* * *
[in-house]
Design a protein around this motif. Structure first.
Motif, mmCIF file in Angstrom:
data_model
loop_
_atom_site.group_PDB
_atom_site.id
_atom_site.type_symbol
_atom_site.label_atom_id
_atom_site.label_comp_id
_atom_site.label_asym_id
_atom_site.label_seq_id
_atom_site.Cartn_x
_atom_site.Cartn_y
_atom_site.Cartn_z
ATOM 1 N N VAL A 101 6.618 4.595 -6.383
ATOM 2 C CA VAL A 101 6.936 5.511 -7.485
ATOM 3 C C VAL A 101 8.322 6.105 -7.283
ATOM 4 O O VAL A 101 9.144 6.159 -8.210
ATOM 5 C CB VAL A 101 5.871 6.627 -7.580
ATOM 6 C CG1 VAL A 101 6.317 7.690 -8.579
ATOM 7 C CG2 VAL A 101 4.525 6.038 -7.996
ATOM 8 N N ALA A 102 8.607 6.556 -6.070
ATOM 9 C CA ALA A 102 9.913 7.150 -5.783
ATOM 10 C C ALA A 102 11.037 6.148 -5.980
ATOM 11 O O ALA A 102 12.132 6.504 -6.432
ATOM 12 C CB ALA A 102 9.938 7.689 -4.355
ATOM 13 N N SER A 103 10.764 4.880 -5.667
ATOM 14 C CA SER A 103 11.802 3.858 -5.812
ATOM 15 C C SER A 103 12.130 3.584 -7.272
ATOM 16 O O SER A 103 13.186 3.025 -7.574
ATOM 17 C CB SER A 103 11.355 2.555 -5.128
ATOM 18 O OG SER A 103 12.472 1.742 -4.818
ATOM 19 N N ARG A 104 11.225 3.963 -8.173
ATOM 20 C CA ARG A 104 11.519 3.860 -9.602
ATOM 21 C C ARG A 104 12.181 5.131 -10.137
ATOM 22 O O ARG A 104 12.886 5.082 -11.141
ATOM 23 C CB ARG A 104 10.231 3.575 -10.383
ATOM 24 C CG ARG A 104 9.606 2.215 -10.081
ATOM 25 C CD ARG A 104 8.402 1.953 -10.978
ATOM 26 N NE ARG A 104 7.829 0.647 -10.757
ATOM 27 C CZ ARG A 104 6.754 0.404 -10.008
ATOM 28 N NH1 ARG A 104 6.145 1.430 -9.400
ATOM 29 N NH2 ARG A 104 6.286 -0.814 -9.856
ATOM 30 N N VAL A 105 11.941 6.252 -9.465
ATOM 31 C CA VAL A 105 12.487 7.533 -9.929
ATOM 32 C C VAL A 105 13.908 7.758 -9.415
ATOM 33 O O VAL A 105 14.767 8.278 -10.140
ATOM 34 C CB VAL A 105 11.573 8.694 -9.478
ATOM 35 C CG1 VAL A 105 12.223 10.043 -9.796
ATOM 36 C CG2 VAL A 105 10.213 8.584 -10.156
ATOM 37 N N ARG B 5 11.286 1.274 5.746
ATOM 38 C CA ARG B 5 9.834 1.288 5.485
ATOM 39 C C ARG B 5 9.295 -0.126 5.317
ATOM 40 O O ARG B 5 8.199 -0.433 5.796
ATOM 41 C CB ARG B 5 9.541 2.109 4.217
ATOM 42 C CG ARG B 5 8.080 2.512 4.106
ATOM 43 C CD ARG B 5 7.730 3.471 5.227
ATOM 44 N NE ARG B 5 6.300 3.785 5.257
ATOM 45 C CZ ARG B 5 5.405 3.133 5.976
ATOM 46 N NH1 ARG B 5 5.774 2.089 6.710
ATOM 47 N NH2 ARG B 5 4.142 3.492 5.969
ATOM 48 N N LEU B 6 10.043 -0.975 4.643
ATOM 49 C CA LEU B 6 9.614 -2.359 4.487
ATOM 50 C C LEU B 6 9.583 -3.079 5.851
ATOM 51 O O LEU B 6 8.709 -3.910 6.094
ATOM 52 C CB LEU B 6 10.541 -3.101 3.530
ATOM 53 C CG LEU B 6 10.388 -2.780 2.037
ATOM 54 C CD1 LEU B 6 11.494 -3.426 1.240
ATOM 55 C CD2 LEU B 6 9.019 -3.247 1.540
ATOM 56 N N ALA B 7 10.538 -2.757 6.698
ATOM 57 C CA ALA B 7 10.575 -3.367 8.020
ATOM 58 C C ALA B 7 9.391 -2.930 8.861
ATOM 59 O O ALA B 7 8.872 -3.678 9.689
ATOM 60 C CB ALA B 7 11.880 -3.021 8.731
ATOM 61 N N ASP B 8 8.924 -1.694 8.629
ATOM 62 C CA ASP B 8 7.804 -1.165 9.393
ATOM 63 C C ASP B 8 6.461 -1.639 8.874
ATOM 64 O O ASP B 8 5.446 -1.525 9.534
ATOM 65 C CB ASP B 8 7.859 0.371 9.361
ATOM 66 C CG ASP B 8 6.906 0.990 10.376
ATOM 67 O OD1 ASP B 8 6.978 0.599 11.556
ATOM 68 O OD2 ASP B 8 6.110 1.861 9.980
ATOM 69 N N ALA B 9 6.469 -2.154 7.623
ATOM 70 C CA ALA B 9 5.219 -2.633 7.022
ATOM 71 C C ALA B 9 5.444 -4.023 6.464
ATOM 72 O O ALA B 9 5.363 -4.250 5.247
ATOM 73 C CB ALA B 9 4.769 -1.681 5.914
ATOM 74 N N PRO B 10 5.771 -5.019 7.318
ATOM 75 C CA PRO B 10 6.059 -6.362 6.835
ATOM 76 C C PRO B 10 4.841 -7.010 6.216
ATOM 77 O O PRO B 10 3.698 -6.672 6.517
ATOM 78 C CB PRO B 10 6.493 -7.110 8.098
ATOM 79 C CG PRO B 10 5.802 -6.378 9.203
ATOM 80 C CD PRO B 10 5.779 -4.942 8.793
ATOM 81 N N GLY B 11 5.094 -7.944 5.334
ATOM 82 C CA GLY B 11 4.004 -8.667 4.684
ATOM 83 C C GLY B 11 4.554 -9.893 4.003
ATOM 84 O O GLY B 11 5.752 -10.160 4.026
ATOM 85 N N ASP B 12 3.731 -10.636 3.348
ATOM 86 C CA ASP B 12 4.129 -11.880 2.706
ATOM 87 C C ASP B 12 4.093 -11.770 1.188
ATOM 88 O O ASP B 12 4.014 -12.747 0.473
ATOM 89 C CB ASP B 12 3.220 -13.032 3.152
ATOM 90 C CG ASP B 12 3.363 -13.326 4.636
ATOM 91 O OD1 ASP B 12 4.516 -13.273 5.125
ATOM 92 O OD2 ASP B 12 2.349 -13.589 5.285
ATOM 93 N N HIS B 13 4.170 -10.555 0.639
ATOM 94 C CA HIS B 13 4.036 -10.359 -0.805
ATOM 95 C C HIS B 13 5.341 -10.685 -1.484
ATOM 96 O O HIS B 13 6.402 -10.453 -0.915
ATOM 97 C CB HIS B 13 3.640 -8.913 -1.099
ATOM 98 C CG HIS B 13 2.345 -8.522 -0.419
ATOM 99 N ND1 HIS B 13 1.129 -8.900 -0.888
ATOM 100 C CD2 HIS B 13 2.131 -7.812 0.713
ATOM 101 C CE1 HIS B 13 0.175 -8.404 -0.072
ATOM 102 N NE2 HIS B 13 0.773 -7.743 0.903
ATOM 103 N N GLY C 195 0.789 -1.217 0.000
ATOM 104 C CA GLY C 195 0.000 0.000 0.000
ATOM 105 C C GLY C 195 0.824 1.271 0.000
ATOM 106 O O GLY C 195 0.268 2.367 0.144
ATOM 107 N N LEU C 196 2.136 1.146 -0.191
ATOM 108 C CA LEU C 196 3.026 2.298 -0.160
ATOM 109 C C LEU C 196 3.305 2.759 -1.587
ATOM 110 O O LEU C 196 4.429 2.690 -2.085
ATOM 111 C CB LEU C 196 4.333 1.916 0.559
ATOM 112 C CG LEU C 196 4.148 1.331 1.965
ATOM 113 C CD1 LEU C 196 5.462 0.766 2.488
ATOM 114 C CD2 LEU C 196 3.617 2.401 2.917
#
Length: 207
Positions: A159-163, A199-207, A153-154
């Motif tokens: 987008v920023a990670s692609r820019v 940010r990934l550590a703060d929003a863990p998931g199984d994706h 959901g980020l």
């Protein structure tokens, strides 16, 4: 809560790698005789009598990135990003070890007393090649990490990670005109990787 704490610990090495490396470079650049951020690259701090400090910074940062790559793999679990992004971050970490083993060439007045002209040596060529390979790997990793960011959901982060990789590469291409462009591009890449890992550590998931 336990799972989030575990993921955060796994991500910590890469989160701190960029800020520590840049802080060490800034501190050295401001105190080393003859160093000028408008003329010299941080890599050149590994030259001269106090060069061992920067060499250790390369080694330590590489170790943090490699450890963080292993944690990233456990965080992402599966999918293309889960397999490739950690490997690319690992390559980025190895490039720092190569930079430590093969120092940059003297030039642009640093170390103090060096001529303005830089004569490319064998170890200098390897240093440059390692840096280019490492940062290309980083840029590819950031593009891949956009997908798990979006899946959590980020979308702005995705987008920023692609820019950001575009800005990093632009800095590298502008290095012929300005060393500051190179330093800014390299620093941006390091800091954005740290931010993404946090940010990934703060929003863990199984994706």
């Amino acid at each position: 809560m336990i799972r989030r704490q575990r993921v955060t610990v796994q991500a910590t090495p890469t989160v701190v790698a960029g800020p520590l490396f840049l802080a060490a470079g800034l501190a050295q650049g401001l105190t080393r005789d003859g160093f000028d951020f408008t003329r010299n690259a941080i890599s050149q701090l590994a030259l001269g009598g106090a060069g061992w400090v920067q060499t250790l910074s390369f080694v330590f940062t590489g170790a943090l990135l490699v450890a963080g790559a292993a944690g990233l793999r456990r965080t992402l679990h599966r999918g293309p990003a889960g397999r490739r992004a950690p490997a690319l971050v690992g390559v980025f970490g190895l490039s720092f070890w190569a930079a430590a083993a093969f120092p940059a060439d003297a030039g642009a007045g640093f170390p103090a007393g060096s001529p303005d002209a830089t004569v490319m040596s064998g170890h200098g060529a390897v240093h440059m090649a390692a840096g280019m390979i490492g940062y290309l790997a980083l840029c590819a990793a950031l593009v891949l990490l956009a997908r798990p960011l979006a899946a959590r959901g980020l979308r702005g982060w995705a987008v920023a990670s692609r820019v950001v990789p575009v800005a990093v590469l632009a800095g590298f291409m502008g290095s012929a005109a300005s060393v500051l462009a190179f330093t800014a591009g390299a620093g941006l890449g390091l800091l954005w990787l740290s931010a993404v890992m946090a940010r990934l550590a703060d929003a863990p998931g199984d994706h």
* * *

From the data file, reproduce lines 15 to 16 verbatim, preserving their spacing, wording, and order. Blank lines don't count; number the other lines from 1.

_atom_site.Cartn_z
ATOM 1 N N VAL A 101 6.618 4.595 -6.383